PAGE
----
Dub Experimental Indie Rock Industrial Post Punk

Jäh Division – Dub Will Tear Us Apart… Again

Before hearing Jäh Division’s imaginative deconstructions of classic Joy Division songs, I suppose I was already primed to accept this kind of thing. Due to the success of artists like Easy Star All-Stars & their guest-heavy reinterpretations of classic albums like Pink Floyd’s Dark Side Of The Moon, Radiohead’s OK Computer & Beatles Sgt. Pepper’s Lonely Hearts Club Band, I was already quite receptive to the idea of hearing some of my life’s cultural touchstones rendered in Dub.

The idea of Joy Division’s music rendered as Dub calls to mind something that cultural theorist/political philosopher Mark Fisher wrote about Post-Punk bands like The Fall and Joy Division. He observed how their bass-led songwriting & production provided a white equivalent to Dub Reggae. The salient point here being that it is a white equivalent rather than a white version. Young working class white kids working out their marginalisation in bass-heavy soundscapes in much the same way as the working class black kids, but yielding completely different results.

So before I even listen to it, Jäh Division has pretty big shoes to fill. Does it succeed? Maybe. I don’t know. It’s quite enjoyable as a Dub album but it’s debatable how well the original songs hold up during the transformation. Opening track Transmission is barely recognisable with the tempo reduced to a languid crawl, only the bass line bears any resemblance to the original. It exemplifies how different an element from a song can sound if taken out of its original context. I have similar feelings about Heart And Soul Isolation too. Enjoyable enough Dub, sure, but almost unrecognisable as the Joy Division song.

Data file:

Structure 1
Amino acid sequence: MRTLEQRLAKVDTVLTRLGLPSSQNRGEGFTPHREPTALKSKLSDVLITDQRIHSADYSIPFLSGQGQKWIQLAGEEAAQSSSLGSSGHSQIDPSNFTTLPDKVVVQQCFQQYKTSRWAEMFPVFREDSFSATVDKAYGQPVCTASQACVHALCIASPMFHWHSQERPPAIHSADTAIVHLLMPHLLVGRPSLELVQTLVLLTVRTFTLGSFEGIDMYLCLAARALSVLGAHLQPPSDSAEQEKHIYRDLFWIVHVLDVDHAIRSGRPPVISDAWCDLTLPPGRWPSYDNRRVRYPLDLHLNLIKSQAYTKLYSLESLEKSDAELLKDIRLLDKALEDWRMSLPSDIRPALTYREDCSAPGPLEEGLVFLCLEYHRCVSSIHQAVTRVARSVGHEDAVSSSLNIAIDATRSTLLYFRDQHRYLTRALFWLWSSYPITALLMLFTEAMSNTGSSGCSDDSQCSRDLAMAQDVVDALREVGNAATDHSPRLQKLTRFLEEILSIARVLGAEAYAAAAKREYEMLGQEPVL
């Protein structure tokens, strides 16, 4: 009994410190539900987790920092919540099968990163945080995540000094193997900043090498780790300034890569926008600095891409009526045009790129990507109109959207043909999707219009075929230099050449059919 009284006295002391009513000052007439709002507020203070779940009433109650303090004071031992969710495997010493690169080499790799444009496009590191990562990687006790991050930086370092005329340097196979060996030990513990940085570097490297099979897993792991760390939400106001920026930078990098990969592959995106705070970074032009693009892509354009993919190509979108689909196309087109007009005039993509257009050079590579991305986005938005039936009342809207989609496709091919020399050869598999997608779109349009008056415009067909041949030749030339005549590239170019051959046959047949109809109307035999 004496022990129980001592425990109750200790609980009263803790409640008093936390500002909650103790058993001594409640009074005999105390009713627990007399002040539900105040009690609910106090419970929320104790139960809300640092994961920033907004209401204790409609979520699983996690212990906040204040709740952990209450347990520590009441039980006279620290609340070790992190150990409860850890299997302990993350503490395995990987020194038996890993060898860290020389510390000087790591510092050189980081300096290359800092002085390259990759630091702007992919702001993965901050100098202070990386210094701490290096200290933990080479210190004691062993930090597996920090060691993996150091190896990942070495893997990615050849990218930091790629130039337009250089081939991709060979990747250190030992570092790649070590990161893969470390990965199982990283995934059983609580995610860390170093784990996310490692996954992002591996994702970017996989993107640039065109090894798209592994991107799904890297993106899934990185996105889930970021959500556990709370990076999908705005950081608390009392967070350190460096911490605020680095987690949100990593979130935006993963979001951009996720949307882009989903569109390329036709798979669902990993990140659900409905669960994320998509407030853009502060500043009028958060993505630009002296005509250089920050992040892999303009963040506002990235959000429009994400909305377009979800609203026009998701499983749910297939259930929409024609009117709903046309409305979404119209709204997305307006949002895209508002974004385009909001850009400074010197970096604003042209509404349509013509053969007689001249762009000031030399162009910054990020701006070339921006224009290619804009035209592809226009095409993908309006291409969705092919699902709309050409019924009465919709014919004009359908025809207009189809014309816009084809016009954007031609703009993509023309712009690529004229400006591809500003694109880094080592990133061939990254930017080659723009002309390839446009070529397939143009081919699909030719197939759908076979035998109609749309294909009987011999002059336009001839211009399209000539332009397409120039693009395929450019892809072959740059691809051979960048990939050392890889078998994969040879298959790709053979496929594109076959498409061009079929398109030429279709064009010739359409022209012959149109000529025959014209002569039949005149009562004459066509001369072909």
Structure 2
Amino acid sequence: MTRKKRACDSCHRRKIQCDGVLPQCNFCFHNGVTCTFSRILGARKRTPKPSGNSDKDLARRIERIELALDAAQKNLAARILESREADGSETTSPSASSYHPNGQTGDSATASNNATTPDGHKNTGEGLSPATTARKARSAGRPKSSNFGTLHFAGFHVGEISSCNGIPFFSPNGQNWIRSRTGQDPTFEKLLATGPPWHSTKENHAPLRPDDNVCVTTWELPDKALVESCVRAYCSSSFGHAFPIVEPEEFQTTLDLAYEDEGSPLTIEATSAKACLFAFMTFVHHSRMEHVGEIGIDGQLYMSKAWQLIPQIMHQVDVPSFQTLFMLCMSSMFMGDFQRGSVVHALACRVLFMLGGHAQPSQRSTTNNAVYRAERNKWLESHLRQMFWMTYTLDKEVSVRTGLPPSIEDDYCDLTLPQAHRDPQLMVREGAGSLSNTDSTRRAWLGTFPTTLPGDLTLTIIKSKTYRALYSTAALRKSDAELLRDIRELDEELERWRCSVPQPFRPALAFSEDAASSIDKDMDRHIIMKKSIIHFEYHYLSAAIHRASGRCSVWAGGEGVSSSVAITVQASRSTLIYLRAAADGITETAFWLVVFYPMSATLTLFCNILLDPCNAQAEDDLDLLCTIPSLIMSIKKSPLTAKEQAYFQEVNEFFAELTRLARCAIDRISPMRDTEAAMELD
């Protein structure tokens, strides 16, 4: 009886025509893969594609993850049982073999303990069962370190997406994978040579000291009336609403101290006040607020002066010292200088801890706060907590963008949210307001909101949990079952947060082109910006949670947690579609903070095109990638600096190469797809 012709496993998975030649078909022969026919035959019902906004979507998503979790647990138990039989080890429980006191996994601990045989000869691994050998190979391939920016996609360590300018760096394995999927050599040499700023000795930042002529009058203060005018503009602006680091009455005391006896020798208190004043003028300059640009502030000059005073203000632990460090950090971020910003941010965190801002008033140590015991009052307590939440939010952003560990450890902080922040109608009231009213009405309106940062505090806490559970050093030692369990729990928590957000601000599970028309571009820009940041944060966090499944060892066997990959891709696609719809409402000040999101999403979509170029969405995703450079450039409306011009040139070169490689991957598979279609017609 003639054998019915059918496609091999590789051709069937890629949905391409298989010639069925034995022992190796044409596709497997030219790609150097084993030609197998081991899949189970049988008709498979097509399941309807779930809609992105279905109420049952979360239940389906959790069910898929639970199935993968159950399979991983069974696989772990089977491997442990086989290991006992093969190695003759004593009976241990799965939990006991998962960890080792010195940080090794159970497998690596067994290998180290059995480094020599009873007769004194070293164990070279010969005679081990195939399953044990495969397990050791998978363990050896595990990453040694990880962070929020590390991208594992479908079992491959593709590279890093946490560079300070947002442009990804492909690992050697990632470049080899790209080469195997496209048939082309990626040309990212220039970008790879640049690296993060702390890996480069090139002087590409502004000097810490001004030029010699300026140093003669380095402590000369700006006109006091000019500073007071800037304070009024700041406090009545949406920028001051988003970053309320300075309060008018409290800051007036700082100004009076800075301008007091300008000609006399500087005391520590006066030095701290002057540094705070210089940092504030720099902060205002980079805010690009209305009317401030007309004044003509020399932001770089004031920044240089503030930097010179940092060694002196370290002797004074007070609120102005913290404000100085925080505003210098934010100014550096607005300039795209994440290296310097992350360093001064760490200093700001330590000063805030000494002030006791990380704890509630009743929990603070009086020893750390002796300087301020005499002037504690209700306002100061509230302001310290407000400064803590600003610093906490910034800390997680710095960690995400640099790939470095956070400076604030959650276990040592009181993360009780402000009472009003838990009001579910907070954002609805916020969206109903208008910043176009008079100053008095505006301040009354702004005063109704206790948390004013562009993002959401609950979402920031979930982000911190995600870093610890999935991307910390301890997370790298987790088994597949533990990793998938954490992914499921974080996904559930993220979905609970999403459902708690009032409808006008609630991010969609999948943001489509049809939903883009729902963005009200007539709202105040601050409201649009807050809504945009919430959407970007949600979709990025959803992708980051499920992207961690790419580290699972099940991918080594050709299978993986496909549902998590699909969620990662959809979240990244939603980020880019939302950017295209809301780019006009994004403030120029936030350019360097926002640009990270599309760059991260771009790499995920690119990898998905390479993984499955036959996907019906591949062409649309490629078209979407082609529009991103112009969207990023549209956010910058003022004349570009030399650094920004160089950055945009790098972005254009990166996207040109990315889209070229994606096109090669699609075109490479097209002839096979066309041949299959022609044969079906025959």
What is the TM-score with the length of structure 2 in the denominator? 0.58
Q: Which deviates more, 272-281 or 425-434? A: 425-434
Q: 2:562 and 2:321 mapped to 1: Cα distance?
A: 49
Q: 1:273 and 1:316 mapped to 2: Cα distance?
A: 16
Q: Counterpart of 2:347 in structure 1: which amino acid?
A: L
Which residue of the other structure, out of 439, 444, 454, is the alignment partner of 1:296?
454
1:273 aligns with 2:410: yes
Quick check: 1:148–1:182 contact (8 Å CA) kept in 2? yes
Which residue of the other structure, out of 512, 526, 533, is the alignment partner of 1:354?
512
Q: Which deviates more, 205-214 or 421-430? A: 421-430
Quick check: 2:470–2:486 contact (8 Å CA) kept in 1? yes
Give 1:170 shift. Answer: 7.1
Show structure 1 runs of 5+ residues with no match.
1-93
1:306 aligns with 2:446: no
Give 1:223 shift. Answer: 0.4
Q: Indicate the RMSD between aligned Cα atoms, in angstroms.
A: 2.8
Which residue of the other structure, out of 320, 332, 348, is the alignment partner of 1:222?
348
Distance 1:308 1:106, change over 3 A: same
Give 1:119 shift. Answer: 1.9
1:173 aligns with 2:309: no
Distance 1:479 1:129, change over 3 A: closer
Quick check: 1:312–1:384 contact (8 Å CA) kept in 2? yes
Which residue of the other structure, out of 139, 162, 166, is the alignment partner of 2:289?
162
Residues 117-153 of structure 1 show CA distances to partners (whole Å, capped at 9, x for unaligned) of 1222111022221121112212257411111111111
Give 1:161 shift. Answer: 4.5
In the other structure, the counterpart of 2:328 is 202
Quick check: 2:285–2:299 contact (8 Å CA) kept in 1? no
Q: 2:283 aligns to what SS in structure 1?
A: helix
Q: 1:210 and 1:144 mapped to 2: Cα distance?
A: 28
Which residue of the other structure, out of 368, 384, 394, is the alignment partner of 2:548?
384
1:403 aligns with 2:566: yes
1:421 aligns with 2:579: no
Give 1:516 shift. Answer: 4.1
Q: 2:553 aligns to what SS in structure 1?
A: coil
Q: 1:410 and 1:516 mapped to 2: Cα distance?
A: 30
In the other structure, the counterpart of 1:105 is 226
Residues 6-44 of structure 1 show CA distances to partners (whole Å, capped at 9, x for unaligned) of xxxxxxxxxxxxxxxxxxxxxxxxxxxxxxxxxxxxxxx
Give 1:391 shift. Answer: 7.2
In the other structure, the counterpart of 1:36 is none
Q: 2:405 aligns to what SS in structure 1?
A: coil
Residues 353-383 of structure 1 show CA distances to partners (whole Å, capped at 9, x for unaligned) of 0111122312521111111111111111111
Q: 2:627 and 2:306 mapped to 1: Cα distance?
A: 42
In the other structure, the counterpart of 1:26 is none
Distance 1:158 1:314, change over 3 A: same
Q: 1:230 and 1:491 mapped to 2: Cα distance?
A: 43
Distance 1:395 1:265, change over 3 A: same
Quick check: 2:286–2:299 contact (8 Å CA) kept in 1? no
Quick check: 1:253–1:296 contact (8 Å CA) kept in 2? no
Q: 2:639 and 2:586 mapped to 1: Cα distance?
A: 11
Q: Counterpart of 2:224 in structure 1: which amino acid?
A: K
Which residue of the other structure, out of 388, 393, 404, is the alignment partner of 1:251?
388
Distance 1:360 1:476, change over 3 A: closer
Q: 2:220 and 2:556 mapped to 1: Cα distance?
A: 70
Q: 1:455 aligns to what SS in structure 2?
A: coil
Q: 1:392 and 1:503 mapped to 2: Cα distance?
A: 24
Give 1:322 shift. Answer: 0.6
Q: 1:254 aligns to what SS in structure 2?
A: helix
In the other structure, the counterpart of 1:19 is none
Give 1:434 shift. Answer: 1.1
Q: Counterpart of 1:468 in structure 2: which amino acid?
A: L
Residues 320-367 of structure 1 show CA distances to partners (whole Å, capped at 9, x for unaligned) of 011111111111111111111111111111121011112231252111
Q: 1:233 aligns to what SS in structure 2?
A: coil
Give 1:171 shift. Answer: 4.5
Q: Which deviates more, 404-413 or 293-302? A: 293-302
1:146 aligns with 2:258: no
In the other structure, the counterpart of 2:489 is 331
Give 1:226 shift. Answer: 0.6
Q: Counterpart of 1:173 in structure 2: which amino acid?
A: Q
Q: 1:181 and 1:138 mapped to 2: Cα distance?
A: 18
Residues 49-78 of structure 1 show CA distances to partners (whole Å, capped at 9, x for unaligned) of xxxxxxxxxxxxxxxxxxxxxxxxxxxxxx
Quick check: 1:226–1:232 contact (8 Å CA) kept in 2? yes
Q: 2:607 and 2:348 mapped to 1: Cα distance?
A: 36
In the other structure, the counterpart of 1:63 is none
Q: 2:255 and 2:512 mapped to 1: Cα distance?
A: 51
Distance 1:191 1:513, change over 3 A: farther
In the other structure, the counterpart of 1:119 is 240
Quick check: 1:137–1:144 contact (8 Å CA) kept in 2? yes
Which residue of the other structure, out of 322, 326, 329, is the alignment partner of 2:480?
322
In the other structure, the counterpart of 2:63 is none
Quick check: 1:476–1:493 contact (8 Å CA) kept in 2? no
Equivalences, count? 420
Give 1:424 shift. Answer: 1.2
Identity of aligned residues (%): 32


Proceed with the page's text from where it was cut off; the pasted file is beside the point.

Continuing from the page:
Transmission, for my money, is a little more successful. The reduction in tempo & energy isn’t quite enough to ground the dizzy heights scaled by the songs gorgeous melody synth. The dubby delays even seem to add buoyancy to these heroically soaring melodies. Love Will Tear Us Apart also works quite well here. No accident that it is their most accessible and radio friendly song. It could fit into almost any genre without diminishing its appeal.

The 2019 rerelease also features four bonus tracks which are actually original compositions rather than Joy Division covers. These are all fine, decent Dub tracks. I have no complaints but they don’t really stand out & they feel a trifle unnecessary so I won’t really dwell on them too much.

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